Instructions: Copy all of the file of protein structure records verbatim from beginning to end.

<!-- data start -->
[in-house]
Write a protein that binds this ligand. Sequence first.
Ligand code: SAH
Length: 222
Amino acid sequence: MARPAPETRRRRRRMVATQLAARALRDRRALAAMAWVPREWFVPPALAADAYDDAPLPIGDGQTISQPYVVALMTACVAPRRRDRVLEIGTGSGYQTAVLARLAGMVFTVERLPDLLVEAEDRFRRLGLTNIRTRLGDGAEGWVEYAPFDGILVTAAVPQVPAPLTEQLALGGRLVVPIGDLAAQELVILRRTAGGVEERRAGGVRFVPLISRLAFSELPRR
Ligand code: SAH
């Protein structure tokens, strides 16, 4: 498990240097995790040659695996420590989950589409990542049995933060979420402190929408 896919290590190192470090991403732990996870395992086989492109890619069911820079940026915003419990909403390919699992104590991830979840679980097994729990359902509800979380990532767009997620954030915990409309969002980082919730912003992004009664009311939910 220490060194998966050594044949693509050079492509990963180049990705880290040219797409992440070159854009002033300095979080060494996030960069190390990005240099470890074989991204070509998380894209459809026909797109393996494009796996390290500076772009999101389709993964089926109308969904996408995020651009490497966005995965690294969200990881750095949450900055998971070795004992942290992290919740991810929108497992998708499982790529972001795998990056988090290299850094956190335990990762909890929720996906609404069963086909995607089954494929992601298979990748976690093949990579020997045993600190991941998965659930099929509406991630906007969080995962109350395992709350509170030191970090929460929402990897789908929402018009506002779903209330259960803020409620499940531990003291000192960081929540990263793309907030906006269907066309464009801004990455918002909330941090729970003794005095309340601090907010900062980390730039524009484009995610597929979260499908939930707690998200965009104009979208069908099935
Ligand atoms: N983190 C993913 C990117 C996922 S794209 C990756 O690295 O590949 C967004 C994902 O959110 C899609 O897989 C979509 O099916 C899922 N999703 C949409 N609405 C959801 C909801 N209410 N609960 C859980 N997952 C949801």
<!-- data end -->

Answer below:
[in-house]
Write a protein that binds this ligand. Sequence first.
Ligand code: SAH
Length: 222
Amino acid sequence: MARPAPETRRRRRRMVATQLAARALRDRRALAAMAWVPREWFVPPALAADAYDDAPLPIGDGQTISQPYVVALMTACVAPRRRDRVLEIGTGSGYQTAVLARLAGMVFTVERLPDLLVEAEDRFRRLGLTNIRTRLGDGAEGWVEYAPFDGILVTAAVPQVPAPLTEQLALGGRLVVPIGDLAAQELVILRRTAGGVEERRAGGVRFVPLISRLAFSELPRR
Ligand code: SAH
């Protein structure tokens, strides 16, 4: 498990240097995790040659695996420590989950589409990542049995933060979420402190929408 896919290590190192470090991403732990996870395992086989492109890619069911820079940026915003419990909403390919699992104590991830979840679980097994729990359902509800979380990532767009997620954030915990409309969002980082919730912003992004009664009311939910 220490060194998966050594044949693509050079492509990963180049990705880290040219797409992440070159854009002033300095979080060494996030960069190390990005240099470890074989991204070509998380894209459809026909797109393996494009796996390290500076772009999101389709993964089926109308969904996408995020651009490497966005995965690294969200990881750095949450900055998971070795004992942290992290919740991810929108497992998708499982790529972001795998990056988090290299850094956190335990990762909890929720996906609404069963086909995607089954494929992601298979990748976690093949990579020997045993600190991941998965659930099929509406991630906007969080995962109350395992709350509170030191970090929460929402990897789908929402018009506002779903209330259960803020409620499940531990003291000192960081929540990263793309907030906006269907066309464009801004990455918002909330941090729970003794005095309340601090907010900062980390730039524009484009995610597929979260499908939930707690998200965009104009979208069908099935
Ligand atoms: N983190 C993913 C990117 C996922 S794209 C990756 O690295 O590949 C967004 C994902 O959110 C899609 O897989 C979509 O099916 C899922 N999703 C949409 N609405 C959801 C909801 N209410 N609960 C859980 N997952 C949801």